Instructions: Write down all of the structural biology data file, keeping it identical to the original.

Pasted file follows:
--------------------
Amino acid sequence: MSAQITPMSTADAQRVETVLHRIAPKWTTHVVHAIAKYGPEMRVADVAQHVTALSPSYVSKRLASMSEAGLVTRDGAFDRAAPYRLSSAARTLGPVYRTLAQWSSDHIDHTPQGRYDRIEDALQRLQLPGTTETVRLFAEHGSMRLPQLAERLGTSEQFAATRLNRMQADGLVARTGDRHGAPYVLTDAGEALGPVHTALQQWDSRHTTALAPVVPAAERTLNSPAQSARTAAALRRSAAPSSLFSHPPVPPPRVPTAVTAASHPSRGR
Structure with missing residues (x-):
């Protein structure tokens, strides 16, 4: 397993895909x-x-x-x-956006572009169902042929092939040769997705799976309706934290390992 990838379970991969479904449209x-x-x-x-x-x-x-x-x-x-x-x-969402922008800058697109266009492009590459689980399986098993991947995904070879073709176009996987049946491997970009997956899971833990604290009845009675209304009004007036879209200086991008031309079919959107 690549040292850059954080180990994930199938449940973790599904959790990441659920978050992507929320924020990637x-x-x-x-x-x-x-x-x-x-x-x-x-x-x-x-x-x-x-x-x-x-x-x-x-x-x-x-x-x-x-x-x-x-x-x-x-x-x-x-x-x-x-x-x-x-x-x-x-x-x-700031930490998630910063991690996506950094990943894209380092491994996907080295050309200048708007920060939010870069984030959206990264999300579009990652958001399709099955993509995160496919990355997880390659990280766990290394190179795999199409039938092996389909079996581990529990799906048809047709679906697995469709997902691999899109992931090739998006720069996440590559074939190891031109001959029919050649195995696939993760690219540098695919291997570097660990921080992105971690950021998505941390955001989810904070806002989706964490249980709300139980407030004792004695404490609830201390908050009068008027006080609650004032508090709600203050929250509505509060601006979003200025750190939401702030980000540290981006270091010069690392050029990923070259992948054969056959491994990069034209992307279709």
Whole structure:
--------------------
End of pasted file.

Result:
Amino acid sequence: MSAQITPMSTADAQRVETVLHRIAPKWTTHVVHAIAKYGPEMRVADVAQHVTALSPSYVSKRLASMSEAGLVTRDGAFDRAAPYRLSSAARTLGPVYRTLAQWSSDHIDHTPQGRYDRIEDALQRLQLPGTTETVRLFAEHGSMRLPQLAERLGTSEQFAATRLNRMQADGLVARTGDRHGAPYVLTDAGEALGPVHTALQQWDSRHTTALAPVVPAAERTLNSPAQSARTAAALRRSAAPSSLFSHPPVPPPRVPTAVTAASHPSRGR
Structure with missing residues (x-):
């Protein structure tokens, strides 16, 4: 397993895909x-x-x-x-956006572009169902042929092939040769997705799976309706934290390992 990838379970991969479904449209x-x-x-x-x-x-x-x-x-x-x-x-969402922008800058697109266009492009590459689980399986098993991947995904070879073709176009996987049946491997970009997956899971833990604290009845009675209304009004007036879209200086991008031309079919959107 690549040292850059954080180990994930199938449940973790599904959790990441659920978050992507929320924020990637x-x-x-x-x-x-x-x-x-x-x-x-x-x-x-x-x-x-x-x-x-x-x-x-x-x-x-x-x-x-x-x-x-x-x-x-x-x-x-x-x-x-x-x-x-x-x-x-x-x-x-700031930490998630910063991690996506950094990943894209380092491994996907080295050309200048708007920060939010870069984030959206990264999300579009990652958001399709099955993509995160496919990355997880390659990280766990290394190179795999199409039938092996389909079996581990529990799906048809047709679906697995469709997902691999899109992931090739998006720069996440590559074939190891031109001959029919050649195995696939993760690219540098695919291997570097660990921080992105971690950021998505941390955001989810904070806002989706964490249980709300139980407030004792004695404490609830201390908050009068008027006080609650004032508090709600203050929250509505509060601006979003200025750190939401702030980000540290981006270091010069690392050029990923070259992948054969056959491994990069034209992307279709």
Whole structure: